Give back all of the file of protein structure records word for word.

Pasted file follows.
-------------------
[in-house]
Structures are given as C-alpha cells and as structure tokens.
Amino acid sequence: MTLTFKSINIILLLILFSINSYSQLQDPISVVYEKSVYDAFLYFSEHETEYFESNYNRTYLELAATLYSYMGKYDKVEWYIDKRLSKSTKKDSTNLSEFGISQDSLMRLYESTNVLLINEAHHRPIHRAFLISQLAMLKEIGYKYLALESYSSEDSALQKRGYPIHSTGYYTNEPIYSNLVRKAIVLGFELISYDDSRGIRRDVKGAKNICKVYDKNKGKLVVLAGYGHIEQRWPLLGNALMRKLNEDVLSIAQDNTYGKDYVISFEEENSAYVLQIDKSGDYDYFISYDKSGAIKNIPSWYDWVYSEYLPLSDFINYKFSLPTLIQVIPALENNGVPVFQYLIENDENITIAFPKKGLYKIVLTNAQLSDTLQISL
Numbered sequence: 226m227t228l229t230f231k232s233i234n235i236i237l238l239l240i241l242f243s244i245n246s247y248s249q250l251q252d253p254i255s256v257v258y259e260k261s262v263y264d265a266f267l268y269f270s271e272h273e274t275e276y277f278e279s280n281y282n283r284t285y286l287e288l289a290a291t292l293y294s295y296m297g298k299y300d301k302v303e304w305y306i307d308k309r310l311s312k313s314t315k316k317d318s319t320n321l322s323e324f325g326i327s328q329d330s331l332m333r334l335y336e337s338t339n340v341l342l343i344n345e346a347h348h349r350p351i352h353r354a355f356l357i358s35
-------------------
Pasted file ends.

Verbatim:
[in-house]
Structures are given as C-alpha cells and as structure tokens.
Amino acid sequence: MTLTFKSINIILLLILFSINSYSQLQDPISVVYEKSVYDAFLYFSEHETEYFESNYNRTYLELAATLYSYMGKYDKVEWYIDKRLSKSTKKDSTNLSEFGISQDSLMRLYESTNVLLINEAHHRPIHRAFLISQLAMLKEIGYKYLALESYSSEDSALQKRGYPIHSTGYYTNEPIYSNLVRKAIVLGFELISYDDSRGIRRDVKGAKNICKVYDKNKGKLVVLAGYGHIEQRWPLLGNALMRKLNEDVLSIAQDNTYGKDYVISFEEENSAYVLQIDKSGDYDYFISYDKSGAIKNIPSWYDWVYSEYLPLSDFINYKFSLPTLIQVIPALENNGVPVFQYLIENDENITIAFPKKGLYKIVLTNAQLSDTLQISL
Numbered sequence: 226m227t228l229t230f231k232s233i234n235i236i237l238l239l240i241l242f243s244i245n246s247y248s249q250l251q252d253p254i255s256v257v258y259e260k261s262v263y264d265a266f267l268y269f270s271e272h273e274t275e276y277f278e279s280n281y282n283r284t285y286l287e288l289a290a291t292l293y294s295y296m297g298k299y300d301k302v303e304w305y306i307d308k309r310l311s312k313s314t315k316k317d318s319t320n321l322s323e324f325g326i327s328q329d330s331l332m333r334l335y336e337s338t339n340v341l342l343i344n345e346a347h348h349r350p351i352h353r354a355f356l357i358s35